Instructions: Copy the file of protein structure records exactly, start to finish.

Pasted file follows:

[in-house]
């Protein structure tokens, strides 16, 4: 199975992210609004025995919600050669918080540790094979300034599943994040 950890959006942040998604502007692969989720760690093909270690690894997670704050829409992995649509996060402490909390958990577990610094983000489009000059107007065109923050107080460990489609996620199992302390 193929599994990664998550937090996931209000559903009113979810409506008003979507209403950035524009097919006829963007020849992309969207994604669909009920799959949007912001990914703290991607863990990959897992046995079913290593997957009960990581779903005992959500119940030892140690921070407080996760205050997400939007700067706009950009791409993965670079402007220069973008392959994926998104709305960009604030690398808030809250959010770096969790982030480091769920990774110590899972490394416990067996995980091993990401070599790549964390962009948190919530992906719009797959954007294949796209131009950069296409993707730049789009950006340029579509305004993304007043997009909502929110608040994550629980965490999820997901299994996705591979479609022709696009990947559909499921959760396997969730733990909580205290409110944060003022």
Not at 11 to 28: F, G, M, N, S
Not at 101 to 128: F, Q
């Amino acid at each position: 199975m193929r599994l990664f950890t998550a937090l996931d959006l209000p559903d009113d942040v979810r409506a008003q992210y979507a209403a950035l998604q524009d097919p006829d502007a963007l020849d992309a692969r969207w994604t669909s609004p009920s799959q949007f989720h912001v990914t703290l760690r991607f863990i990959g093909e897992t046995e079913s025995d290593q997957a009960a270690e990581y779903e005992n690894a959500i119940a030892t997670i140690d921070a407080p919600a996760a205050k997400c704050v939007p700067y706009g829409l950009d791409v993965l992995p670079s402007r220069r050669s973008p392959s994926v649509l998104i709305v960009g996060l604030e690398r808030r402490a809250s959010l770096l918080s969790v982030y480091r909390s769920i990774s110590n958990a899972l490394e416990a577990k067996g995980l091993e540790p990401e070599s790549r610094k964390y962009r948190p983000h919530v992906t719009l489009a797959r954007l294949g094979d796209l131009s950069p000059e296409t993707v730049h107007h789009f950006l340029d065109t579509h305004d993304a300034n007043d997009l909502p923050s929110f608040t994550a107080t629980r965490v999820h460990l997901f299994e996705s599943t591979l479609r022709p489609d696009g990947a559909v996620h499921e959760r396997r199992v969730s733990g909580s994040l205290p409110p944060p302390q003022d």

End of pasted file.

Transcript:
[in-house]
């Protein structure tokens, strides 16, 4: 199975992210609004025995919600050669918080540790094979300034599943994040 950890959006942040998604502007692969989720760690093909270690690894997670704050829409992995649509996060402490909390958990577990610094983000489009000059107007065109923050107080460990489609996620199992302390 193929599994990664998550937090996931209000559903009113979810409506008003979507209403950035524009097919006829963007020849992309969207994604669909009920799959949007912001990914703290991607863990990959897992046995079913290593997957009960990581779903005992959500119940030892140690921070407080996760205050997400939007700067706009950009791409993965670079402007220069973008392959994926998104709305960009604030690398808030809250959010770096969790982030480091769920990774110590899972490394416990067996995980091993990401070599790549964390962009948190919530992906719009797959954007294949796209131009950069296409993707730049789009950006340029579509305004993304007043997009909502929110608040994550629980965490999820997901299994996705591979479609022709696009990947559909499921959760396997969730733990909580205290409110944060003022």
Not at 11 to 28: F, G, M, N, S
Not at 101 to 128: F, Q
């Amino acid at each position: 199975m193929r599994l990664f950890t998550a937090l996931d959006l209000p559903d009113d942040v979810r409506a008003q992210y979507a209403a950035l998604q524009d097919p006829d502007a963007l020849d992309a692969r969207w994604t669909s609004p009920s799959q949007f989720h912001v990914t703290l760690r991607f863990i990959g093909e897992t046995e079913s025995d290593q997957a009960a270690e990581y779903e005992n690894a959500i119940a030892t997670i140690d921070a407080p919600a996760a205050k997400c704050v939007p700067y706009g829409l950009d791409v993965l992995p670079s402007r220069r050669s973008p392959s994926v649509l998104i709305v960009g996060l604030e690398r808030r402490a809250s959010l770096l918080s969790v982030y480091r909390s769920i990774s110590n958990a899972l490394e416990a577990k067996g995980l091993e540790p990401e070599s790549r610094k964390y962009r948190p983000h919530v992906t719009l489009a797959r954007l294949g094979d796209l131009s950069p000059e296409t993707v730049h107007h789009f950006l340029d065109t579509h305004d993304a300034n007043d997009l909502p923050s929110f608040t994550a107080t629980r965490v999820h460990l997901f299994e996705s599943t591979l479609r022709p489609d696009g990947a559909v996620h499921e959760r396997r199992v969730s733990g909580s994040l205290p409110p944060p302390q003022d």